An aging alcoholic cop is assigned the task of escorting a witness from police custody to a courthouse 16 blocks away. There are, however, chaotic forces at work that prevent them from making it in one piece.
Coming from a police family, Tom Hardy ends up fighting his uncle after the murder of his father. Tom believes the killer is another cop and goes on the record with his allegations. Demoted then to river duty, the killer taunts Tom.
Sarah Jessica Parker,
When a family is held hostage, former hostage negotiator Jeff Talley arrives at the scene. Talley's own family is kidnapped and Talley must decide which is more important: saving a family he doesn't even know or saving his own family.
Serena Scott Thomas
John Smith is an amoral gunslinger in the days of Prohibition. On the lam from his latest (unspecified) exploits, he happens upon the town of Jericho, Texas. Actually, calling Jericho a town would be too generous--it has become more like a ghost town, since two warring gangs have 'driven off all the decent folk.' Smith sees this as an opportunity to play both sides off against each other, earning himself a nice piece of change as a hired gun. Despite his strictly avowed mercenary intentions, he finds himself risking his life for his, albeit skewed, sense of honor....Written by
Tad Dibbern <DIBBERN_D@a1.mscf.upenn.edu>
The car driven into Jericho, Texas by John Smith, and damaged by Doyle's henchmen, is a 1928 Ford Model A Coupe. See more »
Smith carries two Colt 45. s that hold 7+1 rounds or 14+2 rounds. Smith fires way more bullets than that. See more »
It's a funny thing. No matter how low you sink there's still a right and wrong. You always end up choosing. You go one way so you can try to live with yourself. You go the other, you'd still be walkin' around, but you're dead and you don't even know it.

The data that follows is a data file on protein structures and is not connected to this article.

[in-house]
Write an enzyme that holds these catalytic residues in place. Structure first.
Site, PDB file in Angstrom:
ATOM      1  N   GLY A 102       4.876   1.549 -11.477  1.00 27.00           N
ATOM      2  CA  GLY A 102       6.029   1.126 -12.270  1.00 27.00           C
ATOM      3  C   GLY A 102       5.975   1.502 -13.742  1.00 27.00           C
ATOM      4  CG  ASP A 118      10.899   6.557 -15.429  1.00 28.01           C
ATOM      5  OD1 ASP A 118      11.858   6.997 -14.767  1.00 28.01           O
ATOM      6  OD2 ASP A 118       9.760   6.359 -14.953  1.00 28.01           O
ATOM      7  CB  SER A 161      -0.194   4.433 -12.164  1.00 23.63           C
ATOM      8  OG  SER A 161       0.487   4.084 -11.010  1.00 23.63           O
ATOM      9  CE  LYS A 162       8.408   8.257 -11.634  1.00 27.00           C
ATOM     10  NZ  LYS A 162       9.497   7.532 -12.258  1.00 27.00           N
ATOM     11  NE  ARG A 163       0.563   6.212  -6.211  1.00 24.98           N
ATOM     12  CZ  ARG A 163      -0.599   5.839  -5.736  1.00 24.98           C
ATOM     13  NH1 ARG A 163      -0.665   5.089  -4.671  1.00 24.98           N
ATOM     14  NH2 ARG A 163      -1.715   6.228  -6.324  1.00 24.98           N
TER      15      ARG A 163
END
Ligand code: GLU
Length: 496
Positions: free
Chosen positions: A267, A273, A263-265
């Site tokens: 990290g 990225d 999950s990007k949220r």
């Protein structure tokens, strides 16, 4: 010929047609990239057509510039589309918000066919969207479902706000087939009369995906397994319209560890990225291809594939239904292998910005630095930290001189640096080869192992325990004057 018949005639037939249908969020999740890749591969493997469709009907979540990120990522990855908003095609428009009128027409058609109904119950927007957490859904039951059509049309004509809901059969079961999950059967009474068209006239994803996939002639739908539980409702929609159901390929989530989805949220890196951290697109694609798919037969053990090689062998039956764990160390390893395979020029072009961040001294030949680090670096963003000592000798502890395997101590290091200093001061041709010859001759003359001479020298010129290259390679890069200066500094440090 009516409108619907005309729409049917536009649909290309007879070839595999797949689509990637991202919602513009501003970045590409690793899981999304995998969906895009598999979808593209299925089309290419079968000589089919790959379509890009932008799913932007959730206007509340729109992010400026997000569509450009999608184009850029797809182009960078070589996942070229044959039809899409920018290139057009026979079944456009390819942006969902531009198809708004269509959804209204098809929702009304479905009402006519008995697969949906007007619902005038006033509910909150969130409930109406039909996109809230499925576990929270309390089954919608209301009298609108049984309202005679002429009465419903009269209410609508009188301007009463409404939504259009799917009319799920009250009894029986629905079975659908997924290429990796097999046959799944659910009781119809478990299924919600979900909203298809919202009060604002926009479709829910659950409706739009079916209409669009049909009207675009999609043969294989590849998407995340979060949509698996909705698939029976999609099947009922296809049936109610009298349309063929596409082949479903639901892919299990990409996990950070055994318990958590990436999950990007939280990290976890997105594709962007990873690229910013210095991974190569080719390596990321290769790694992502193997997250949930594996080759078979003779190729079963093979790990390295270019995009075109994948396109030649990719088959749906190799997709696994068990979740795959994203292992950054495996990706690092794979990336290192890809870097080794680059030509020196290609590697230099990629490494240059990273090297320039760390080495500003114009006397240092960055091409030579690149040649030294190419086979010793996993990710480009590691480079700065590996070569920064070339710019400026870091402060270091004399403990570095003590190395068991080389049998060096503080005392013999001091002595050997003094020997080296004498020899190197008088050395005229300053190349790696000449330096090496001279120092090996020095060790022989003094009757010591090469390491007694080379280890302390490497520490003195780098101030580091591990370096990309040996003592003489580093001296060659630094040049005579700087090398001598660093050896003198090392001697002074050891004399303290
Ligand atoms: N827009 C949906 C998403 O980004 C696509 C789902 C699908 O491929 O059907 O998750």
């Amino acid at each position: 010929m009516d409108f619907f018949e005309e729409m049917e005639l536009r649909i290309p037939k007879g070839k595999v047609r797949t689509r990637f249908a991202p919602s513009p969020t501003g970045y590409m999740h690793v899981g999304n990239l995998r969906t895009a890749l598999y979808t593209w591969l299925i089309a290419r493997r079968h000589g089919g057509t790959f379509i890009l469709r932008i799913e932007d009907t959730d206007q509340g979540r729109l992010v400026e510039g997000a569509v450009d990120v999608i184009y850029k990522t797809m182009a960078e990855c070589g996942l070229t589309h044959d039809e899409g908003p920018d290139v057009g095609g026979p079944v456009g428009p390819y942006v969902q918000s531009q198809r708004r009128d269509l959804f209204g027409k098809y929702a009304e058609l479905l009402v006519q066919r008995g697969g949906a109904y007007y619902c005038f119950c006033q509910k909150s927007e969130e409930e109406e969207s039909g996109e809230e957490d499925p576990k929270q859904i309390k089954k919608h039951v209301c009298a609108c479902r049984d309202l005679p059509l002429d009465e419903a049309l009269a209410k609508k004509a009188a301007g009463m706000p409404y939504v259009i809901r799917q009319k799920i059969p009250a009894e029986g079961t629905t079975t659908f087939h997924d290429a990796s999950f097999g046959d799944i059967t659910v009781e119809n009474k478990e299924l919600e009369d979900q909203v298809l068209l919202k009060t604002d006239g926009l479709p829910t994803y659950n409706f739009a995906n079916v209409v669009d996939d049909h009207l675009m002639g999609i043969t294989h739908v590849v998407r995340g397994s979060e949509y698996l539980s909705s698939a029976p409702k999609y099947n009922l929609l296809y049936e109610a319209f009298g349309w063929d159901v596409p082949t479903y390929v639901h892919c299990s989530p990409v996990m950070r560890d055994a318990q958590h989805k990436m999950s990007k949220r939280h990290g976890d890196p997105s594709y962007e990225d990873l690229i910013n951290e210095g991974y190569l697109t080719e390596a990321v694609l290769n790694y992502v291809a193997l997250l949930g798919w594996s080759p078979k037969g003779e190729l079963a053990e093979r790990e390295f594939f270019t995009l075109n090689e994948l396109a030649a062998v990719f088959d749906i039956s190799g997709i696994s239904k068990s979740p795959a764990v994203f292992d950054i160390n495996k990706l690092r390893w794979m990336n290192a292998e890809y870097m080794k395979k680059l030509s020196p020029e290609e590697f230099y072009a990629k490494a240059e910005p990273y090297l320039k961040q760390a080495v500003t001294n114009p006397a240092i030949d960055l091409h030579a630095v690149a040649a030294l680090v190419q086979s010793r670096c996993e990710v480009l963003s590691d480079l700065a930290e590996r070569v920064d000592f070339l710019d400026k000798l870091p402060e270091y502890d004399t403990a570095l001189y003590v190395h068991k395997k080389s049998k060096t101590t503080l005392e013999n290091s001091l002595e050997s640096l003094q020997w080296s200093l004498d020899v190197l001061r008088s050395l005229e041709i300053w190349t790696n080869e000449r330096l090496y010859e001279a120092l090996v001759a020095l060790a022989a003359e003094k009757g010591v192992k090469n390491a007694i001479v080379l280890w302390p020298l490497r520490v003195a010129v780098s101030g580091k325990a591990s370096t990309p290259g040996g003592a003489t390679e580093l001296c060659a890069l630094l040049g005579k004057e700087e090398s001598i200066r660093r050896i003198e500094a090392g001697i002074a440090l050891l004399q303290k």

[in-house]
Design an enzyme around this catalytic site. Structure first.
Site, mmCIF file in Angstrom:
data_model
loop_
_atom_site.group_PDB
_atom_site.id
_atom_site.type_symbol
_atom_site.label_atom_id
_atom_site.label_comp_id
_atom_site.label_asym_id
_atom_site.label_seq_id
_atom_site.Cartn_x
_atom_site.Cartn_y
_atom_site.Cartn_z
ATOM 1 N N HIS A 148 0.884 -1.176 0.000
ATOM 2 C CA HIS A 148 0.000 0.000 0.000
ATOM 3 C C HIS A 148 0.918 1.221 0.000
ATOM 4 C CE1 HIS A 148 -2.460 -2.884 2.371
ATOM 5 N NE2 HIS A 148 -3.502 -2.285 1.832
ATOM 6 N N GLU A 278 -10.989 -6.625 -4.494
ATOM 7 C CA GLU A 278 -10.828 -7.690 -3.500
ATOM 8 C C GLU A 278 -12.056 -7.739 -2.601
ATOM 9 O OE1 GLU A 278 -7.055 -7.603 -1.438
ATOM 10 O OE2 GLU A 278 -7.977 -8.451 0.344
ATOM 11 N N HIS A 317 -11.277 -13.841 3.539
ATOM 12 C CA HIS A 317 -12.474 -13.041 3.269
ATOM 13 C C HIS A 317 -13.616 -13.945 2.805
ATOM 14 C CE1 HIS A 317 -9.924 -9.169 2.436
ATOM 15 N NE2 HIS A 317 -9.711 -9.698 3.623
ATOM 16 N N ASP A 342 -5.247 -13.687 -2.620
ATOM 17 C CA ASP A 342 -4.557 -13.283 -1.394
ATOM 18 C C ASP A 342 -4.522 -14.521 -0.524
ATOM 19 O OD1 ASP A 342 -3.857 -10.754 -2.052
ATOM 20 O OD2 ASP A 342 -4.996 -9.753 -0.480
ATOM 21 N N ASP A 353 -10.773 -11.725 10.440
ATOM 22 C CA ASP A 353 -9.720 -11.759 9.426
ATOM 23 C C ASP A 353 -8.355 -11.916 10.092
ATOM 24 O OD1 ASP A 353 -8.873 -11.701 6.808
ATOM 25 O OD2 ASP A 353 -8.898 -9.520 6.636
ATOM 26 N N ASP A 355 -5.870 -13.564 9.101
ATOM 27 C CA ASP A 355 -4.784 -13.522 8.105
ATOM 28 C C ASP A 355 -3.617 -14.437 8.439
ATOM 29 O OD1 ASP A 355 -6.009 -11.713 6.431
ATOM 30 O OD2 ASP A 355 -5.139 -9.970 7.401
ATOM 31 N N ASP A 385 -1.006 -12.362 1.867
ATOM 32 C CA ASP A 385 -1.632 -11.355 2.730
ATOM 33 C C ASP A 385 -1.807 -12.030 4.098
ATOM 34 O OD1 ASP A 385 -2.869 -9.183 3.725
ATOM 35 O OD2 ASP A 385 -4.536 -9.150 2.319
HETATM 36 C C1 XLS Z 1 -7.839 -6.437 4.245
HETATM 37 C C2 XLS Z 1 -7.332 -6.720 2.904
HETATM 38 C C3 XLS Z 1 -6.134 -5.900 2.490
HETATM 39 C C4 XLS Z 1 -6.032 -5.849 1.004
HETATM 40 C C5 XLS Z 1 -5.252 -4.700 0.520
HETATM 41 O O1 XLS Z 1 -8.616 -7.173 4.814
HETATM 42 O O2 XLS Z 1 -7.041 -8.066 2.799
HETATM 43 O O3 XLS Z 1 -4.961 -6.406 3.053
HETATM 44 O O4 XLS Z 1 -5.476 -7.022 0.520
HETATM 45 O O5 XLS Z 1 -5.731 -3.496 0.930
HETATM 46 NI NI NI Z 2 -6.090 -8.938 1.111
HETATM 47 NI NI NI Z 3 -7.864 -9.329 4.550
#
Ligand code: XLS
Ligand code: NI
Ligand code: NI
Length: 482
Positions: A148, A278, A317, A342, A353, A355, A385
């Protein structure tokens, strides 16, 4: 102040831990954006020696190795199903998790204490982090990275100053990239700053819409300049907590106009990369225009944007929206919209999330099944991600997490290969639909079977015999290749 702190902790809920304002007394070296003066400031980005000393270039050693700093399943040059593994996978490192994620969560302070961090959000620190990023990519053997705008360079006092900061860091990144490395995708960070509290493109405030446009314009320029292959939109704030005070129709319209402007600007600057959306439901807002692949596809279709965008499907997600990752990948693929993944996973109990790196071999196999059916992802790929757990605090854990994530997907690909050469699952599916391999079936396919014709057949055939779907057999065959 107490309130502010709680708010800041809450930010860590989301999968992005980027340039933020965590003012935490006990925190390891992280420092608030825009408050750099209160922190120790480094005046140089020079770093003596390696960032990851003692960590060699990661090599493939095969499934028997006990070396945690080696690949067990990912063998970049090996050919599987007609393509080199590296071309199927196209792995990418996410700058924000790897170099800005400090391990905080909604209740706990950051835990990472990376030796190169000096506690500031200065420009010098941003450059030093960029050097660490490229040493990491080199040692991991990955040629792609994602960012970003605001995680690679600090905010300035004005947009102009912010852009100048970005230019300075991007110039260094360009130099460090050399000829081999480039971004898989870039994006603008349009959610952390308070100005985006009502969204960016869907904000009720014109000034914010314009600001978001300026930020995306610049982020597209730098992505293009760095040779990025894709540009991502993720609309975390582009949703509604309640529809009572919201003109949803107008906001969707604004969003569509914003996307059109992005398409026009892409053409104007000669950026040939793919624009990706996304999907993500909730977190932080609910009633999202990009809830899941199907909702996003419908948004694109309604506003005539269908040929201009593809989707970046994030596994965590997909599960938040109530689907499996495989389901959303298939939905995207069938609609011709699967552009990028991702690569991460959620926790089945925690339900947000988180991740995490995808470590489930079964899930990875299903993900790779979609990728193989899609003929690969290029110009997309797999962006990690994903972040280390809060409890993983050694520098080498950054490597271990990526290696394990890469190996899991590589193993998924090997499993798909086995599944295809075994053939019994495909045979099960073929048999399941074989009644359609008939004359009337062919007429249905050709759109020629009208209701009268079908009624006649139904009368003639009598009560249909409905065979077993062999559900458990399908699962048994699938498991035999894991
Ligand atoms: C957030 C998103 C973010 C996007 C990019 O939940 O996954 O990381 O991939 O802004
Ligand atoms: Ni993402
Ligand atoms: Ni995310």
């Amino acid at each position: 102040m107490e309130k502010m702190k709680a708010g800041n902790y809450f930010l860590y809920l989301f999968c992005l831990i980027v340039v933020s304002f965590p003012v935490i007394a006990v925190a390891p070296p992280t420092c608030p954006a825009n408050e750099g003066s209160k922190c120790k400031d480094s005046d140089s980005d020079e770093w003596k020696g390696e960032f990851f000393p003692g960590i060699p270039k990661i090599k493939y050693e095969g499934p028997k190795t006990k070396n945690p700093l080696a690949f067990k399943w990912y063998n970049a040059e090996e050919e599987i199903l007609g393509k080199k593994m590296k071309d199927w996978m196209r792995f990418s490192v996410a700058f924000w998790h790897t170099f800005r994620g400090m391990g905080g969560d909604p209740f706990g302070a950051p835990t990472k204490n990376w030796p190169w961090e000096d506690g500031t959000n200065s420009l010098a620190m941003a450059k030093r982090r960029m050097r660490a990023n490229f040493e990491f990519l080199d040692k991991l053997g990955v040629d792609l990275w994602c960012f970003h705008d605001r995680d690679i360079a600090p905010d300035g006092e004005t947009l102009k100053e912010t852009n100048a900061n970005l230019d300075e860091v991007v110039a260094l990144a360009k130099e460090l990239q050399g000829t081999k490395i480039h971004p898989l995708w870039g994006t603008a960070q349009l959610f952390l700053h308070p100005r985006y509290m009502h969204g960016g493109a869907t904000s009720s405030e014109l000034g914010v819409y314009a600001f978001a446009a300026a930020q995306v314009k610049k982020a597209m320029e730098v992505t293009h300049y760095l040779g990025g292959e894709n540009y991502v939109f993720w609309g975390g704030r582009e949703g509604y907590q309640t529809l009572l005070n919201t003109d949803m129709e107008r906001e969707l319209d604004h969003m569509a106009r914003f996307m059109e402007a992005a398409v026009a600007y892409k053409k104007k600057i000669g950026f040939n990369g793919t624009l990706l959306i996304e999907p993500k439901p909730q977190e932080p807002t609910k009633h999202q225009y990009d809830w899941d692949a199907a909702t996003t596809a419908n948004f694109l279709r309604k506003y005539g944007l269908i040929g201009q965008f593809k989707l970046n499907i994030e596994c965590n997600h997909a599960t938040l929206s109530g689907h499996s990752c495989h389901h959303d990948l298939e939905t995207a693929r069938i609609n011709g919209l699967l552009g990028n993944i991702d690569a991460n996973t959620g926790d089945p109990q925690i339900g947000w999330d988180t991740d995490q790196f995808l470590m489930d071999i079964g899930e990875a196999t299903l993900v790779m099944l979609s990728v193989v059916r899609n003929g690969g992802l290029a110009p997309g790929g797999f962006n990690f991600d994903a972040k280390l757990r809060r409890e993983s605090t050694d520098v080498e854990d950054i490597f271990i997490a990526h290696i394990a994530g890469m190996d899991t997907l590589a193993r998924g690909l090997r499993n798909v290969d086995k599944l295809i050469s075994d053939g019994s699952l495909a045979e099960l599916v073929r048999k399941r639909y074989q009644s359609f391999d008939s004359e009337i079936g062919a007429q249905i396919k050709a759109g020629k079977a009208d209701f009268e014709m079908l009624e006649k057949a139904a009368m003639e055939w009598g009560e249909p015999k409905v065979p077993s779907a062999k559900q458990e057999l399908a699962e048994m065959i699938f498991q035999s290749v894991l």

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Breaks no new ground, but Hill and Willis make it watchable.
Not much rattles John Smith (Bruce Willis), he has the sort of unflappable self-confidence that requires not an absolute belief in one's own abilities, but the misguided thought that one could control the uncontrollable.
Random gunfire, warring crime gangs and deceitful backstabbing women are not a concern to Mr Smith. Even when it seems that all three factors are conspiring to end his existence he doesn't feel that the combined threat even warrants a facial expression. Were he wearing a heart rate monitor I am sure the testers might remove it after gun battles to see if it was turned on.
So when John Smith wanders casually into Jericho, Texas in his 1920s jalopy looking for whisky and a map, only to find desolation, despair and death, he sees opportunity.
The rival gangs that wrestle for control of the town are lead by an Irish guy named Doyle (David Patrick Kelly) and a slick group of Italians lead by Strozzi. The precious few other citizens of Jericho include an apathetic sheriff (Bruce Dern) - who could care less as long as the violence remains within certain parameters - various hookers, a saloon owner who runs a perpetually empty saloon and an undertaker for whom business is booming.